The stall also serves Shark Jelly ($5 and above) which is specially prepared to get rid of the fishy smell. This dish is served chilled with their home recipe of sesame and peanut sauce.

Handmade meatball ($1 each) is a must have for Teochew porridge. The meatballs here are made fresh daily with ingredients such as pork, prawn, fish. A bit unusual because I was expecting pork ball or fish ball and not a combination. But the meatball was crunchy and I love the texture!

Braised Duck ($3 and above) is neatly sliced, well braised with a nice bite favoured by traditionalists. The sauce has a strong spice flavour and the meat is not too dry.

Most of the dishes are quite good so you will be able to quell that craving for Teochew Muay. Each general meat is $2 and above, while each general vegetable is $1 and above. Seah Soon Teck Teochew Porridge is having an opening promotion. For purchase of $20 & above, you will receive 1 stamp Collect 3 stamps and you will receive $5 cash on e spot.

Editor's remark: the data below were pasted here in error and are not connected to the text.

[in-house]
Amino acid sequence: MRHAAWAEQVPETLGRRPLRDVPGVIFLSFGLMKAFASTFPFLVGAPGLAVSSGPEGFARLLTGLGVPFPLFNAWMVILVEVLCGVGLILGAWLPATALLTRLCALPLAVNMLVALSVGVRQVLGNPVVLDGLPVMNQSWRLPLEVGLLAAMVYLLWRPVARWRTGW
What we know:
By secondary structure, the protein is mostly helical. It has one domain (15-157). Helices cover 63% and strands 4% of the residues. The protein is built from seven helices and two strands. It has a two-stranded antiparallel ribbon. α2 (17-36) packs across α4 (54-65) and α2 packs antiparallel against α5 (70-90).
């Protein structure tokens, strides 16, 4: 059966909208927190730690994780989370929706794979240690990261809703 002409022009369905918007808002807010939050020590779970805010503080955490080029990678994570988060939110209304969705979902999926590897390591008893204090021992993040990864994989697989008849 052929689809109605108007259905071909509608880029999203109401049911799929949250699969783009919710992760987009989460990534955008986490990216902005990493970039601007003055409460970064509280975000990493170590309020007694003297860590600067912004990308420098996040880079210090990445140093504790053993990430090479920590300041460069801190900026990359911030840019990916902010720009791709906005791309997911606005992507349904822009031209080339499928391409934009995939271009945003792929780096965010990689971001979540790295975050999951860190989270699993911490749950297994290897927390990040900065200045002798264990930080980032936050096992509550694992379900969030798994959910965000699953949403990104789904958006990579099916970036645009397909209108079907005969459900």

Read more here.

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Must tries: Homemade Fish Cake, Pig Trotter Jelly

I also recommend this place for:
Supper, Lunch, Dinner, Large Groups/Gathering, Children/Family, After Work, Vibrant/Noisy, View/Scenery, Alfresco/Outdoor Dining
I added 4 photos
  • Pig Trotter Jelly
  • Braised Duck
  • Seah Soon Teck Teochew PorridgeTitle

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SG Food on Foot
 • 31 Mar 2012 205 reviews 18 followers
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For Teochew porridge lover, Seah Soon Teck Teochew Porridge has moved from the West in Toh Guan to the East at Changi Road near Eunos.

Seah Soon Teck Teochew Porridge only opened recently at the new location along Changi Road since 1 March 2012. Their grand opening will be on 4 April 2012. For their opening promotion, they are giving $5 cash on the spot for every 3 stamps collected. Receive 1 stamp for every purchase of $20 & above.